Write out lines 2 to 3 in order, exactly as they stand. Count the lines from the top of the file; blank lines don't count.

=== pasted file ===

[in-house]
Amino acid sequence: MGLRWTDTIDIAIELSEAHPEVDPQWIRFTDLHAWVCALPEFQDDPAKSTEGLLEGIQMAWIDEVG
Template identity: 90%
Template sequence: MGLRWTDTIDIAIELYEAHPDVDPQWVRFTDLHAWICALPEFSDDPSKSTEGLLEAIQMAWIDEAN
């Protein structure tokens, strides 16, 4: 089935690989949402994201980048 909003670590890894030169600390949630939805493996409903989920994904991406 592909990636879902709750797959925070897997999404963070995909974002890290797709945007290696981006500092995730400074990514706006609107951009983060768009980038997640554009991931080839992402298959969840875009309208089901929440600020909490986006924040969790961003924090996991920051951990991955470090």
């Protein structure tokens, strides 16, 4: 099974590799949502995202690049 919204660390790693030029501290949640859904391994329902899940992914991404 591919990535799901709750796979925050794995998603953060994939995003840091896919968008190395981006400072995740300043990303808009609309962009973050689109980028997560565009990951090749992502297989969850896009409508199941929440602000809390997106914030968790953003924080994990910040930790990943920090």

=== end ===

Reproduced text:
Amino acid sequence: MGLRWTDTIDIAIELSEAHPEVDPQWIRFTDLHAWVCALPEFQDDPAKSTEGLLEGIQMAWIDEVG
Template identity: 90%